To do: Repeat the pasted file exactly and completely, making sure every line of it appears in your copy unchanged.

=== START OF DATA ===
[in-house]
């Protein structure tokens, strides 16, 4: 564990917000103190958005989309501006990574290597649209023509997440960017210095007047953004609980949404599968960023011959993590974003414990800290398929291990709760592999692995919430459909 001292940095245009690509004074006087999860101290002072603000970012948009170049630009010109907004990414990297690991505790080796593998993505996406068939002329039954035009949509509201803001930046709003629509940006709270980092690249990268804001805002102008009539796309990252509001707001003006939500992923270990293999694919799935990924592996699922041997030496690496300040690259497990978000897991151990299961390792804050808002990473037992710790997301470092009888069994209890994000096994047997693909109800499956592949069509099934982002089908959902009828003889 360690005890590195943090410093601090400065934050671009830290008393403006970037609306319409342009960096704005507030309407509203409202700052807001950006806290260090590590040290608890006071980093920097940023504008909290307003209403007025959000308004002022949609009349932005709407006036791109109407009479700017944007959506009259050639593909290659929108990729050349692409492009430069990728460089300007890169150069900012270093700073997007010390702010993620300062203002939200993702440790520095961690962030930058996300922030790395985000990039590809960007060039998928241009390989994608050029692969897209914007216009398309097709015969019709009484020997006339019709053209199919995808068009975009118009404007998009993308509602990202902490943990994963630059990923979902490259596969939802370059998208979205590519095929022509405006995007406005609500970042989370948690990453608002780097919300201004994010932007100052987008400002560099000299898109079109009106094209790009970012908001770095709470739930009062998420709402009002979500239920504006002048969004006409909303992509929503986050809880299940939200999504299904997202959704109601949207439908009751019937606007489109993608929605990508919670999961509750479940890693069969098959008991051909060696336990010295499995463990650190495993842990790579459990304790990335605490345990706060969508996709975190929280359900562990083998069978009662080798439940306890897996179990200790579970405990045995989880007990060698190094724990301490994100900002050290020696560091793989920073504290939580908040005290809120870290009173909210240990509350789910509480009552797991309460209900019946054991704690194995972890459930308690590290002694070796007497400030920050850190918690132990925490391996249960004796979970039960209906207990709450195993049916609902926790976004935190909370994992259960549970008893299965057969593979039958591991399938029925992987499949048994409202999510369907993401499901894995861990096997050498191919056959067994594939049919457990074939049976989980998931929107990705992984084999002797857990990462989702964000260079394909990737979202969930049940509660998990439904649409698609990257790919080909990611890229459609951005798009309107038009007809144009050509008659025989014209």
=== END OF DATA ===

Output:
[in-house]
């Protein structure tokens, strides 16, 4: 564990917000103190958005989309501006990574290597649209023509997440960017210095007047953004609980949404599968960023011959993590974003414990800290398929291990709760592999692995919430459909 001292940095245009690509004074006087999860101290002072603000970012948009170049630009010109907004990414990297690991505790080796593998993505996406068939002329039954035009949509509201803001930046709003629509940006709270980092690249990268804001805002102008009539796309990252509001707001003006939500992923270990293999694919799935990924592996699922041997030496690496300040690259497990978000897991151990299961390792804050808002990473037992710790997301470092009888069994209890994000096994047997693909109800499956592949069509099934982002089908959902009828003889 360690005890590195943090410093601090400065934050671009830290008393403006970037609306319409342009960096704005507030309407509203409202700052807001950006806290260090590590040290608890006071980093920097940023504008909290307003209403007025959000308004002022949609009349932005709407006036791109109407009479700017944007959506009259050639593909290659929108990729050349692409492009430069990728460089300007890169150069900012270093700073997007010390702010993620300062203002939200993702440790520095961690962030930058996300922030790395985000990039590809960007060039998928241009390989994608050029692969897209914007216009398309097709015969019709009484020997006339019709053209199919995808068009975009118009404007998009993308509602990202902490943990994963630059990923979902490259596969939802370059998208979205590519095929022509405006995007406005609500970042989370948690990453608002780097919300201004994010932007100052987008400002560099000299898109079109009106094209790009970012908001770095709470739930009062998420709402009002979500239920504006002048969004006409909303992509929503986050809880299940939200999504299904997202959704109601949207439908009751019937606007489109993608929605990508919670999961509750479940890693069969098959008991051909060696336990010295499995463990650190495993842990790579459990304790990335605490345990706060969508996709975190929280359900562990083998069978009662080798439940306890897996179990200790579970405990045995989880007990060698190094724990301490994100900002050290020696560091793989920073504290939580908040005290809120870290009173909210240990509350789910509480009552797991309460209900019946054991704690194995972890459930308690590290002694070796007497400030920050850190918690132990925490391996249960004796979970039960209906207990709450195993049916609902926790976004935190909370994992259960549970008893299965057969593979039958591991399938029925992987499949048994409202999510369907993401499901894995861990096997050498191919056959067994594939049919457990074939049976989980998931929107990705992984084999002797857990990462989702964000260079394909990737979202969930049940509660998990439904649409698609990257790919080909990611890229459609951005798009309107038009007809144009050509008659025989014209």